Losh, Elizabeth. The War on Learning. Cambridge: MIT Press, 2014. Print.
This discussion will focus on Chapter 2 of The War on Learning also called “The war on learning.”
In this chapter, Losh discusses the integration of technology in learning environments, where technology worked, where technology failed (in a couple cases epically failed), and where learning happened. What I find most informative, as a teacher, is the section on Twitter in the classroom. I think many students feel disempowered while in the classroom setting. The professor designs the curriculum, the syllabus, the assignments, then the students arrive, read, and test to complete the requirements. To meet overall degree requirements students have some choice in content topic, choice in major, but there are always required courses that must be completed, sometimes with content the student doesn’t care about, and sometimes delivered in lecture format where student input – student attendance – doesn’t seem to matter. While grades matter for a number of reasons (credentialing and money primarily), grades don’t provide a space of empowerment for students.
Coming from these ideas, Losh’s discussion of Twitter in the classroom is especially important. In her classroom, Losh used Twitter as a feedback loop and conversation location for students. Pedagogically, this provides tools for students to continue conversation, raise questions, and actively participate in lecture and classroom discussion. In Losh’s class, students used this space to stage a ‘cough in’ (42-44). When asked to discuss the cough event later Losh found that many students saw their non-classroom use (‘subversive’ use 43) of Twitter in the classroom as an act of political power. Empowerment – while not ‘on task’ in a traditional sense, students used their learning from the course to find empowerment in the course, to possibly find empowerment as students. Losh finds that “once one particular aspect of unequal power relations was revealed, those undergraduates still needed theoretical apparatuses and practical guidelines for more meaningful ethical, rhetorical, and historical reflection” (44-45), but I think the idea that students found a way to use the technology to meet their particular needs is an important finding.
Losh continues this chapter with excellent analysis and discussion of student empowerment, the use of technology that further disempowers, and the way technology can empower learning. But I’ll continue to focus on this Twitter example. Fall 2015 I had a face-to-face capstone course use Twitter in and outside the classroom. In a gameful grade fashion, I awarded points for tweets as completion of the assignment not awarding points for quality of tweets. Based on my assignment student could have tweeted ‘rhetoric #coursehashtag’ and met the requirements of the assignment. Students did not. Instead, students dutifully posted their tweets, responded to peers, and complained to me about lack of engagement with peers in Twitter. After a couple weeks of struggling to foster connections between peers when giving brief lectures and fostering class discussion, I began integrating Twitter ‘assignments’ into the daily practice of the course. I would begin by addressing questions from the reading, focusing notes on the areas I wanted to ensure students understood, and asking questions to foster discussion. Then I would pose a tweet based question – MRW (my reaction when) tweets. As students sifted the internet looking for perfect memes to react to my question they began to converse with each other across the room – excitedly posting tweets to be showcased as I projected the course feed. They began to see Twitter as a way to engage with theory and the class, but also to engage with each other – looking for tweets that would be meaningful to the other students of the course, memes recognizable to their generation of student while meeting the requirements of the question. Students critically engaged with the rhetorical situation (text, context, audience, purpose, culture), while using tech devices in class, and talking with their peers.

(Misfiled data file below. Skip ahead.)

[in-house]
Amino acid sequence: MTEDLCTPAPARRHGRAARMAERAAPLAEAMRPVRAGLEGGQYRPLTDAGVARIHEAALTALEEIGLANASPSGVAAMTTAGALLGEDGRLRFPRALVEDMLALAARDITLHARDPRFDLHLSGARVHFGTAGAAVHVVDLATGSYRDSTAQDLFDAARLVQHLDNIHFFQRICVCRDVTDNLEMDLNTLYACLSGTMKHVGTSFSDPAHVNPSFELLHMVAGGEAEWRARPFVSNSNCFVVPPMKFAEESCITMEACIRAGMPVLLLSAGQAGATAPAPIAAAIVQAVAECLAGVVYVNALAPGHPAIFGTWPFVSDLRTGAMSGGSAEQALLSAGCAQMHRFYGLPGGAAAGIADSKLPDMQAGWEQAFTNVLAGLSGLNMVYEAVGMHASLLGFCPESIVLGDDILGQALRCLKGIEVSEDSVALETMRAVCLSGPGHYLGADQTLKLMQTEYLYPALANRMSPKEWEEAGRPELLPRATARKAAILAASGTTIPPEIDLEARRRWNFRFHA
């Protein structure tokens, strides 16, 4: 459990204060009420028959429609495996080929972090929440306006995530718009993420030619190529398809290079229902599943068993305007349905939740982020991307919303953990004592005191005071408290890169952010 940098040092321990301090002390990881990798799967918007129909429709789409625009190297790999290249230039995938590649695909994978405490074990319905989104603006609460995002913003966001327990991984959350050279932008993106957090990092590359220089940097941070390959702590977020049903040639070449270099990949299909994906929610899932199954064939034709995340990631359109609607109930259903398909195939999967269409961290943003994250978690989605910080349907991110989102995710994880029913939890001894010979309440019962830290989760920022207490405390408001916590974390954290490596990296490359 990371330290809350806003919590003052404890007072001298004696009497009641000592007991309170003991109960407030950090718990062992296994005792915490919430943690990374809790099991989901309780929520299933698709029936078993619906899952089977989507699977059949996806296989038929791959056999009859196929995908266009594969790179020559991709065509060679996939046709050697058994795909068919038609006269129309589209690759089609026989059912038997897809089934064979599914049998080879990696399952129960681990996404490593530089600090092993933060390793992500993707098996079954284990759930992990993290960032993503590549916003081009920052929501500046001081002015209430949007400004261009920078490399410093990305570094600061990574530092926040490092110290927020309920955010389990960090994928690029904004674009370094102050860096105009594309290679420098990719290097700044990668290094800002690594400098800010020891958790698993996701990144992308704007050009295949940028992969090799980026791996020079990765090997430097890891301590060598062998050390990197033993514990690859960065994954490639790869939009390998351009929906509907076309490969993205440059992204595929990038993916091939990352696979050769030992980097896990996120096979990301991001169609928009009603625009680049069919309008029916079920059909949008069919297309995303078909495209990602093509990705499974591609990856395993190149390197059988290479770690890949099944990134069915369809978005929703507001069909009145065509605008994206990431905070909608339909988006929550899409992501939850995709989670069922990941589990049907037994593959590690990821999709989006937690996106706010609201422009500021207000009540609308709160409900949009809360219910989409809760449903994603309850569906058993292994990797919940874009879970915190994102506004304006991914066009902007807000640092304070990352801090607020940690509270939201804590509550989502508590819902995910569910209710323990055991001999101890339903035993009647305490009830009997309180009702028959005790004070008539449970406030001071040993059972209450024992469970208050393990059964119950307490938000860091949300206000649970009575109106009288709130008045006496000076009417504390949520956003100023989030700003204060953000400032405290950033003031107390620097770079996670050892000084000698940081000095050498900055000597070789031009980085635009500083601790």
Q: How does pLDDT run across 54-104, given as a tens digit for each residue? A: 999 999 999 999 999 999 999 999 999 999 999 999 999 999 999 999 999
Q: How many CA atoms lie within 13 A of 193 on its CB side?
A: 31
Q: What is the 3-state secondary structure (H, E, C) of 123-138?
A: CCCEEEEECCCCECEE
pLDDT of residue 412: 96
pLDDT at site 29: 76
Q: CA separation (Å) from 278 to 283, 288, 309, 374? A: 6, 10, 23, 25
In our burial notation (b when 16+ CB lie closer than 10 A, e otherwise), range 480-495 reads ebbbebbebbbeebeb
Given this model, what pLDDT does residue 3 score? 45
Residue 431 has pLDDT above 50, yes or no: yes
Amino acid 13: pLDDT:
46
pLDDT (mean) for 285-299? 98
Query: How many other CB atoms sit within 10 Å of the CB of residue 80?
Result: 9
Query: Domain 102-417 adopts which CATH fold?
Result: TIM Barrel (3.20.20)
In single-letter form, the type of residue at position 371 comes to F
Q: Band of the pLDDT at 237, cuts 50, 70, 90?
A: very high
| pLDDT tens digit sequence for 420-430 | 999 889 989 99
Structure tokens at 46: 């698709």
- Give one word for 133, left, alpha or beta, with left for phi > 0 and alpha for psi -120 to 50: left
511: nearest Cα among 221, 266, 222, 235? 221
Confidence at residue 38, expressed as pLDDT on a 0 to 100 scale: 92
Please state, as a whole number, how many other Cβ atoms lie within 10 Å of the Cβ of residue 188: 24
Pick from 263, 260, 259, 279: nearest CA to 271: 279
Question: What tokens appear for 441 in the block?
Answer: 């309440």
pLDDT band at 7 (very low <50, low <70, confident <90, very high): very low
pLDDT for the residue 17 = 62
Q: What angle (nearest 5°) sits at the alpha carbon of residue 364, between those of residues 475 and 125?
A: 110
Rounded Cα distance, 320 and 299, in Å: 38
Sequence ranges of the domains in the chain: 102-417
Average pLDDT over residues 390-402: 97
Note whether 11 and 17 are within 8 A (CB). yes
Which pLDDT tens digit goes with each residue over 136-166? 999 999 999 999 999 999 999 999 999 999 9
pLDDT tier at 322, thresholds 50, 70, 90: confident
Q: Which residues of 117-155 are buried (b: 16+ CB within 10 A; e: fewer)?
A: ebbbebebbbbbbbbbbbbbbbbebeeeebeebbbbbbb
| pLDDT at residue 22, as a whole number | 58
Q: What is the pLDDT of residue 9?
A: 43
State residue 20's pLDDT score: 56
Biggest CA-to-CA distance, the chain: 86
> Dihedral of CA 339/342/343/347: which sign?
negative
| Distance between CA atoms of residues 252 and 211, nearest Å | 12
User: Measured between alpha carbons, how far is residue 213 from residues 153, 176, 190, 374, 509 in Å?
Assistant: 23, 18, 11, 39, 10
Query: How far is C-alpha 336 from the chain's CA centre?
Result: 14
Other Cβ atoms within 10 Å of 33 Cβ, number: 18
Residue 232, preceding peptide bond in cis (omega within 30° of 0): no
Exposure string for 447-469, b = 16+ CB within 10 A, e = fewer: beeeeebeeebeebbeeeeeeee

What I learned from using Twitter:
- students complain a lot in the beginning, love it in the end
- some of my students have asked to use Twitter in one class I haven’t assigned Twitter
- some of my students live tweeted during graduation using our old course hashtag
- students stress over the ‘correctness’ of their tweets
- several of my graduate students have emailed and Direct Messaged me about their posted tweets to ensure they are right
- students need assistance with moving toward critical reflection on their technology use
- this means creating space in the classroom to use Twitter, and then engaging students with how they choose to use it
- this could mean redesigning classroom use each semester to meet the interaction of the course
Similar to Losh, no technology by itself won’t revolutionize and empower students, teachers are necessary to assist students in determining how technology is and can be used, and for fostering good uses of that technology. All technology requires experimentation, tell students that, then experiment as a group!